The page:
And now...some personal "faves":
Favorite humus place in Jerusalem: Ben Sira (on Ben Sira Street)- really the real deal; 2nd prize goes to Pinati on 13 King George but don't think to linger there, its just for a quick bowl of warm yummy humus.
Favorite humus place in Tel Aviv: Bahadunus on 175 Dizengof
Favorite Tel Aviv hotel: Alexander Suites near the port or Cinema Hotel in town. Also Park Plaza Orchid on Hayarkon has a gorgeous view from the lobby and a nice breakfast but only stay in their renovated rooms.
Favorite Jerusalem Hotel: Mt. Zion (renovated rooms are better)
Favorite BEST EVER spa: Carmel Forest Spa near Haifa
Favorite bed and breakfasts: Villa Lilya near Rosh Pina; second place goes to Yekev Smadar in Zichron Yaakov
Favorite Emek Refaim sushi: Sushi Bar
Favorite downtown veggie restaurants: Tmol Shilshom or Village Green. For a "fancier" veggie meal go to Te'anim on Emile Botta.
Favorite Machane Yehuda fishmonger: Dagim shel David
Favorite Machane Yehuda breakfast place: Emil (try the shakshuka; see below) or Mizrachi (try Moran's leek-apricot quiche.)
Favorite BEST EVER Challah covers, tallitot, and many other great souvenirs, too many to name,  is Yad Lakashish (Lifeline for the Old), 14 Shivtei Yisrael. Beautiful hand made products done with love by 80-90 year olds. Shopping is a pleasure and a mitzvah.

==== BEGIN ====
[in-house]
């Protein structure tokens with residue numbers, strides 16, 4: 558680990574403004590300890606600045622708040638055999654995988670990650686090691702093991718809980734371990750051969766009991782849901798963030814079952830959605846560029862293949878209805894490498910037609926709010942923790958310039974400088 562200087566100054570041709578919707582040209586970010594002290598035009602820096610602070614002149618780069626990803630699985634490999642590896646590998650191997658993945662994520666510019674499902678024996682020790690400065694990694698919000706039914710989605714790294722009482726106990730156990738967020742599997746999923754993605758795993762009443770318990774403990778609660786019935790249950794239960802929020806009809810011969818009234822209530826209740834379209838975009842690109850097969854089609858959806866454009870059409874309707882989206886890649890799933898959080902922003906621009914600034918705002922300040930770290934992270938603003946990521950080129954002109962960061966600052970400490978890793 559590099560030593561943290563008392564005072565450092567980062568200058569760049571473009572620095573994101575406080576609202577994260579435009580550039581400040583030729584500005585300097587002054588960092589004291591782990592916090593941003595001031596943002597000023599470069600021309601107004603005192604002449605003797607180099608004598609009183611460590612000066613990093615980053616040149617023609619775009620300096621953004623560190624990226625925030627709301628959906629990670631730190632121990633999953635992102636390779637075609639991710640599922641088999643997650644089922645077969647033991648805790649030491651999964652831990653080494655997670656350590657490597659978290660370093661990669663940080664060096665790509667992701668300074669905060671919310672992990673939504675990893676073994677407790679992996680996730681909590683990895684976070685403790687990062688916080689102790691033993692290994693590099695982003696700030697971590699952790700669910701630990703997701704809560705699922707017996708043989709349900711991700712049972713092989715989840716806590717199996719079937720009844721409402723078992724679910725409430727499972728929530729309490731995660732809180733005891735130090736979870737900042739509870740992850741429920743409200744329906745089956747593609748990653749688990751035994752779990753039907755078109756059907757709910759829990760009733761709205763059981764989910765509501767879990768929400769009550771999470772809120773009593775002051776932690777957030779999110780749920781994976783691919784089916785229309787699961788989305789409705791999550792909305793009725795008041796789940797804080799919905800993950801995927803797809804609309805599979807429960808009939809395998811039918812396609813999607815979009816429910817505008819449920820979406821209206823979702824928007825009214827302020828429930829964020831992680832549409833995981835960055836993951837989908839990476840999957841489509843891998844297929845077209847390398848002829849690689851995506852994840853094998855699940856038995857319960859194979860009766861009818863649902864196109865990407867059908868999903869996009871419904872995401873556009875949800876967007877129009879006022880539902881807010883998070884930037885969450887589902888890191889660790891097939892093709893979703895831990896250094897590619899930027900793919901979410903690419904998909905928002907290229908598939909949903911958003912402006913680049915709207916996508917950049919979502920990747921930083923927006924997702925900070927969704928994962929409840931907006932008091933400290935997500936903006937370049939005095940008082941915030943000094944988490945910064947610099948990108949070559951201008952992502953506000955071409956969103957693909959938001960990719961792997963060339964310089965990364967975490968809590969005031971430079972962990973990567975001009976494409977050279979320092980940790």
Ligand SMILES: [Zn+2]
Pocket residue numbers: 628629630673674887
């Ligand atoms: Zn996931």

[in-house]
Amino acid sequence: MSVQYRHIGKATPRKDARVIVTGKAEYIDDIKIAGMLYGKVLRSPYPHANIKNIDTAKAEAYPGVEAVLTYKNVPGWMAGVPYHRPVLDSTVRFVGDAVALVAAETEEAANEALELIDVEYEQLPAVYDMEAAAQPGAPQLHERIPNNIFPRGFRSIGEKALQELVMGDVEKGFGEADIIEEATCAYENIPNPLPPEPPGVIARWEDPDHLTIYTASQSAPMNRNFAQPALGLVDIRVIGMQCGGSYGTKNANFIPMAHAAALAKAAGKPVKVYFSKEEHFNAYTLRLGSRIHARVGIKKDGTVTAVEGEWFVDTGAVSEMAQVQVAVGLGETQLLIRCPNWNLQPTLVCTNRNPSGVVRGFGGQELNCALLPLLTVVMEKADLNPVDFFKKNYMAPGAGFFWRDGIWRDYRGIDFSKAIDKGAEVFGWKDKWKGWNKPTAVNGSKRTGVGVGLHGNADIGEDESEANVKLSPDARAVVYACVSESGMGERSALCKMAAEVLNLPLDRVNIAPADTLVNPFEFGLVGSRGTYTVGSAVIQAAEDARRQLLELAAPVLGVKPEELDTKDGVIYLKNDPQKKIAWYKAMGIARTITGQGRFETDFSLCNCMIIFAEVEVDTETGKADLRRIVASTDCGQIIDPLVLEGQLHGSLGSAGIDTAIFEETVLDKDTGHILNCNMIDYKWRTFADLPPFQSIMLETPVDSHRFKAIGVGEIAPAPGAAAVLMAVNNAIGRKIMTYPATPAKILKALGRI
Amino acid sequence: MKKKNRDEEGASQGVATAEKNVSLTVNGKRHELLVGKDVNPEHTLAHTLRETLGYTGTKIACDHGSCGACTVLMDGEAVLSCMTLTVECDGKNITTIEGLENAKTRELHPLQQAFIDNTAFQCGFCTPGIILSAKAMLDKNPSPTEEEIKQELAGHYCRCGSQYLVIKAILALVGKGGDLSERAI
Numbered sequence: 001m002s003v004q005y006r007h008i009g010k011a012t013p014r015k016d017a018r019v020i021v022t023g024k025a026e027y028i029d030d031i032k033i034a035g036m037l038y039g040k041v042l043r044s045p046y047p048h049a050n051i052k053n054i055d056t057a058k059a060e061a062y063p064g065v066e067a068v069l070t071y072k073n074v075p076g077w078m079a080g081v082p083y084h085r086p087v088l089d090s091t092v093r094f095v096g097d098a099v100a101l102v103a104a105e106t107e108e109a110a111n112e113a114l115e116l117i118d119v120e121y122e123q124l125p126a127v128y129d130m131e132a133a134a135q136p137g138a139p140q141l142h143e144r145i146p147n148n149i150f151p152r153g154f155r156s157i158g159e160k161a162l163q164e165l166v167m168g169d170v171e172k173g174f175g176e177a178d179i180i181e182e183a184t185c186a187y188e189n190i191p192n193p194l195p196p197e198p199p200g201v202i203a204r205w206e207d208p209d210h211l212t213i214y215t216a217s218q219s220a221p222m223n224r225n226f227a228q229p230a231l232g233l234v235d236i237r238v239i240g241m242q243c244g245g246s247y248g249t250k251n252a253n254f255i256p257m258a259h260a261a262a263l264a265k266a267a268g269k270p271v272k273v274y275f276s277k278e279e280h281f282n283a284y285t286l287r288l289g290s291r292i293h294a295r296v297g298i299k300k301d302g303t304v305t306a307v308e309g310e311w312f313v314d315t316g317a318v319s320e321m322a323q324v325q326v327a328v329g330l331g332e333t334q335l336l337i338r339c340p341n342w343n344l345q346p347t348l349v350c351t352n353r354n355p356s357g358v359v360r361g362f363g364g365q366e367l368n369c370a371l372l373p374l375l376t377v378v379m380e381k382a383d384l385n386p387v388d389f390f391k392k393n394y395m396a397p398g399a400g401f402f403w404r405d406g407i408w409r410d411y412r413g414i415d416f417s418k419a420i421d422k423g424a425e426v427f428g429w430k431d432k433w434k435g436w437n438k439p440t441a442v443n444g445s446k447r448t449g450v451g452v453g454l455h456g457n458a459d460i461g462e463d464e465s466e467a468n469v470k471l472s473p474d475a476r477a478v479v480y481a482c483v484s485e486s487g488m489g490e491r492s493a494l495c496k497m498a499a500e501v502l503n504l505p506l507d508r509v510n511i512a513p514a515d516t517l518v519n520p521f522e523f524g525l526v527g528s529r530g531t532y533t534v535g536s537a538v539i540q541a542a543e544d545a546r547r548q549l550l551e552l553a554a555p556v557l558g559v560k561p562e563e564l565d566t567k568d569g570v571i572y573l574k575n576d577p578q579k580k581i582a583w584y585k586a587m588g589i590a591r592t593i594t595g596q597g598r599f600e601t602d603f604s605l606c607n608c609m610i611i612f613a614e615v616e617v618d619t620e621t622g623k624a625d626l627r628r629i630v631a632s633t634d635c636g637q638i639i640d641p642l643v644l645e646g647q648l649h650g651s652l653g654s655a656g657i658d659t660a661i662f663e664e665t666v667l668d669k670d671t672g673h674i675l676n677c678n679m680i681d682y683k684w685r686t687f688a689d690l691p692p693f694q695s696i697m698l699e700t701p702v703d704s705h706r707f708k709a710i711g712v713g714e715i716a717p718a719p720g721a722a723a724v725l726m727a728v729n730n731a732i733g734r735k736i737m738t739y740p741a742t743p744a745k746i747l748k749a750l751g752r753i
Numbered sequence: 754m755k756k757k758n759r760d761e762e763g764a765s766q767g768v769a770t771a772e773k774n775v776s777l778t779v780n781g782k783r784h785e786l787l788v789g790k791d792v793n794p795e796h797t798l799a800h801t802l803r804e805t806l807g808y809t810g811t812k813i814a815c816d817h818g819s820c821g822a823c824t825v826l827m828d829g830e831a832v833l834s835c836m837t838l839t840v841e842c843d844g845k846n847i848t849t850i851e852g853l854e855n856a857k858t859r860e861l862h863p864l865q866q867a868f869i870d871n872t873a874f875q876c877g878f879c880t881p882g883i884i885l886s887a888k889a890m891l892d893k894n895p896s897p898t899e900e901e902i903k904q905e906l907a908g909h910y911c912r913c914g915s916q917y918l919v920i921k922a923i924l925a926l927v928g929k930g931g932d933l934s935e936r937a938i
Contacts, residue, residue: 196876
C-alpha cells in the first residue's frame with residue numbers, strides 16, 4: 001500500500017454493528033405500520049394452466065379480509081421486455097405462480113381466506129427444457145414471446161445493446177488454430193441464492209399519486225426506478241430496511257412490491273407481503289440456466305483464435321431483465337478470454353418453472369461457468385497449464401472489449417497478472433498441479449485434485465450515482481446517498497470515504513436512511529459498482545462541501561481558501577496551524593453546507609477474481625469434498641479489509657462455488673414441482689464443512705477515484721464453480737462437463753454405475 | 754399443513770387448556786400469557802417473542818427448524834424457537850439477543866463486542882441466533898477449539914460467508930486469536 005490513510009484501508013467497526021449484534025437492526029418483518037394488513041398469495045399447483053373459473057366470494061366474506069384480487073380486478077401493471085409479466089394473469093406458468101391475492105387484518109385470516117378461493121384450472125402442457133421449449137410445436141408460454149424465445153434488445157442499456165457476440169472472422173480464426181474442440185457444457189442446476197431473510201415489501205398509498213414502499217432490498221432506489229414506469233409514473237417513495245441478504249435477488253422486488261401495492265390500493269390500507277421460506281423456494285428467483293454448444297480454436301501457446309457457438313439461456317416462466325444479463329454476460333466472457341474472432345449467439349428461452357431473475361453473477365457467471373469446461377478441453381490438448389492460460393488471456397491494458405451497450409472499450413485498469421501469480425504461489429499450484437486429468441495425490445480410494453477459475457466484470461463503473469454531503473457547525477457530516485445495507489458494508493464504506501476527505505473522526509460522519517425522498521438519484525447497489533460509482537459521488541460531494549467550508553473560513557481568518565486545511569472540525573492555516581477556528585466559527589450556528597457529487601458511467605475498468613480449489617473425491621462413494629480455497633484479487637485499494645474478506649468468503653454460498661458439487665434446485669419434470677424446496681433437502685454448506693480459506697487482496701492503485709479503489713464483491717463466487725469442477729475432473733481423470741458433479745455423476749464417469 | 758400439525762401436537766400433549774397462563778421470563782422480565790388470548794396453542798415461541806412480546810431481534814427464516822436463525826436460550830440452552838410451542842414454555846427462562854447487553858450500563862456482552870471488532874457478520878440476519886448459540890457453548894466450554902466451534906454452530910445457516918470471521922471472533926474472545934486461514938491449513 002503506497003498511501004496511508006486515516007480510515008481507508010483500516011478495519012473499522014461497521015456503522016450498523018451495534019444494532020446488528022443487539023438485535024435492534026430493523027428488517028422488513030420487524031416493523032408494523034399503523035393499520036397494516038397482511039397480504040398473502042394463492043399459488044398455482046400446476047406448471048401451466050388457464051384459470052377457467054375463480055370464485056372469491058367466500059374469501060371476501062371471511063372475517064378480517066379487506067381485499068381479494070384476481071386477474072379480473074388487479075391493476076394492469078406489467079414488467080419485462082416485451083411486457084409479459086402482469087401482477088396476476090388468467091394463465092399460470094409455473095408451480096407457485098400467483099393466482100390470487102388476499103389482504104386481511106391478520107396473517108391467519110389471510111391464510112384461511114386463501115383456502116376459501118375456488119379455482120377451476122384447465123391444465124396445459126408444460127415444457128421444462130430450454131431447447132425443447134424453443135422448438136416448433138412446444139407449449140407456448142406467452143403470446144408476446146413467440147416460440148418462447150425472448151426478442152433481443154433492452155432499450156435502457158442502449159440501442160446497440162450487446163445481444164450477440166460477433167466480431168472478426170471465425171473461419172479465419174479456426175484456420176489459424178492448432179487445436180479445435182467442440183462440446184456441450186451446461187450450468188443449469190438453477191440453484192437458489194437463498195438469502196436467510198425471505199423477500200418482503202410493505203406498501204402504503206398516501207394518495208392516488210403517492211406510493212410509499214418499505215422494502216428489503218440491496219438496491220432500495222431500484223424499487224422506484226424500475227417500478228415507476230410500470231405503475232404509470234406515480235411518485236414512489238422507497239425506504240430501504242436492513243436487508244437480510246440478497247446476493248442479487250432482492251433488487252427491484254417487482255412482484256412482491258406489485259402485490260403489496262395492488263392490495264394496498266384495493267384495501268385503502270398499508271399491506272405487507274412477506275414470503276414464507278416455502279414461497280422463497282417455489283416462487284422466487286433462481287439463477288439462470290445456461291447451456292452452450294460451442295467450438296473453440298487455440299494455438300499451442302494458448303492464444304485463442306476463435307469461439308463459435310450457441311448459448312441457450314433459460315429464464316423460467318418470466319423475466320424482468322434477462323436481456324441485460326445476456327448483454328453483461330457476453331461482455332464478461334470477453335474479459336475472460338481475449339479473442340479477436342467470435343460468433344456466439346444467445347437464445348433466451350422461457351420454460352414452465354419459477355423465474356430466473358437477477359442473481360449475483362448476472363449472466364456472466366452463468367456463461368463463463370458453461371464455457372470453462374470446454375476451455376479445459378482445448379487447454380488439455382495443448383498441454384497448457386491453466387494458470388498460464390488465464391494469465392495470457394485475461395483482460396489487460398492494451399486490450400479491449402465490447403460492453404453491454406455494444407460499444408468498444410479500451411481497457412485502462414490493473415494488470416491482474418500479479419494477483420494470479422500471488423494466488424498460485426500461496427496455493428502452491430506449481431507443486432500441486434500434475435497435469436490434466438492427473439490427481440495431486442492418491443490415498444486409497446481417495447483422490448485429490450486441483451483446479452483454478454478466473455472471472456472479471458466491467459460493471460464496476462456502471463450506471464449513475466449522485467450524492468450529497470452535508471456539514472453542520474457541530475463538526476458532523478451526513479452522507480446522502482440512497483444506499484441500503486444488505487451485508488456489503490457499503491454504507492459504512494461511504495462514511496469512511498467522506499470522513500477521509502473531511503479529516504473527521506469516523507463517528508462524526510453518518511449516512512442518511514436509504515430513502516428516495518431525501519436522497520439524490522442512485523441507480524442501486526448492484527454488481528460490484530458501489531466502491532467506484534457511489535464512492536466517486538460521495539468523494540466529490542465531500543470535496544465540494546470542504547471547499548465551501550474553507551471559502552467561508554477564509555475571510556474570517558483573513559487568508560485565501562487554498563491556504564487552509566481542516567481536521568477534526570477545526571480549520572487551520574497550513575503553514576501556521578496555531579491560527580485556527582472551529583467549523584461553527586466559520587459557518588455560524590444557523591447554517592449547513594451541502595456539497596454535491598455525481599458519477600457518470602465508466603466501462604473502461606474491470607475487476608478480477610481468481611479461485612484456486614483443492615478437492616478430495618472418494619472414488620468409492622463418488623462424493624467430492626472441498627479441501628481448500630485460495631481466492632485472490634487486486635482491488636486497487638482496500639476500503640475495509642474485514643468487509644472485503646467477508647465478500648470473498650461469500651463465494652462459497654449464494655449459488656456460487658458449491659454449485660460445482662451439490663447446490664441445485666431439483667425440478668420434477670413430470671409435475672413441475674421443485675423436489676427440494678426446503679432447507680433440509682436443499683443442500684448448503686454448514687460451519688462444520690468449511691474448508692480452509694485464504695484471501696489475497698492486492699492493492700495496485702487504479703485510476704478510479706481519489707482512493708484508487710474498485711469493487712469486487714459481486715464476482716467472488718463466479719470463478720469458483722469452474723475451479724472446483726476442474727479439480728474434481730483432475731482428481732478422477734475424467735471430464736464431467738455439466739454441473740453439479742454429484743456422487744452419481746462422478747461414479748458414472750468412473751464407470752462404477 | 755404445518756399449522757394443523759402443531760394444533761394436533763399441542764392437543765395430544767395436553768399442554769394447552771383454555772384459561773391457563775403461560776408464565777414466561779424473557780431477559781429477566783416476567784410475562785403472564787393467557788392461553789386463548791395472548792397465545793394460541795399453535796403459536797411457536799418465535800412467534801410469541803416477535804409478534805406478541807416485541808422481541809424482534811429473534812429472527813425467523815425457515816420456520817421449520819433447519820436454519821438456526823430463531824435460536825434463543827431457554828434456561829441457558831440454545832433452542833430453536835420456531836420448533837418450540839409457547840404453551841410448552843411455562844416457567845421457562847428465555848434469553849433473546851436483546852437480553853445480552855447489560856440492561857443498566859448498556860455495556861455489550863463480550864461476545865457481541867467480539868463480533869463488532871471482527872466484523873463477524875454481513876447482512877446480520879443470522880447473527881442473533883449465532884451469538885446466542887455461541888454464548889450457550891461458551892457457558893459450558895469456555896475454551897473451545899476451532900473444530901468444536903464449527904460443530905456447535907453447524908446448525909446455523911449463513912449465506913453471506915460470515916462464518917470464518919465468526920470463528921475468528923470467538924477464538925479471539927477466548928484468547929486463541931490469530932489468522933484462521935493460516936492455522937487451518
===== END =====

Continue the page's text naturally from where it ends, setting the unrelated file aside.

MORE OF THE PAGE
Favorite shops on Ben Yehuda mall: Vizon (ask for Rami) or Bat Sheva gifts (ask for Oved). Worth going around the corner to Ganz on Rivlin Street; ask for Suri. There are so many places that have lots of chazerai, these have some finer things.
Favorite jewelry stores: Thats a hard one; there are so many. Our fave is Nahalat Benyamin crafts fair on Tuesdays or Fridays in Tel Aviv. Also check out the hand made jewelry at Yad Lakashish (see above.)
Favorite health food store: there aren't that many, but among the better ones is Z'mura on Amatzia (off Emek Refaim) or its sister store with a little cafe on Yad Harutzim (off Rivka.) Anise is more common and overpriced; Teva Net in Machane Yehuda leaves alot to be desired.
Favorite shakshuka: hands-down best is at Moma in Jaffa (Oleh Tzion 7). Second prize goes to the green shakshuka at Emil's.
Favorite croissant and hot chocolate: Cafe Betzalel on Shatz Street, across from Betzalel Academy. The hot chocolate is made with hot milk and truffles, need I say more?
Favorite bakery: Bet-Lehem on Derech Bet Lehem. Say hello to Sigal for us.
Favorite Friday flowers: the guy at the gas station on the corner where Keren Hayesod becomes Emek Refaim. Also sometimes the guy in front of Super Moshava on Emek Refaim. Actually any guy selling flowers on any street corner.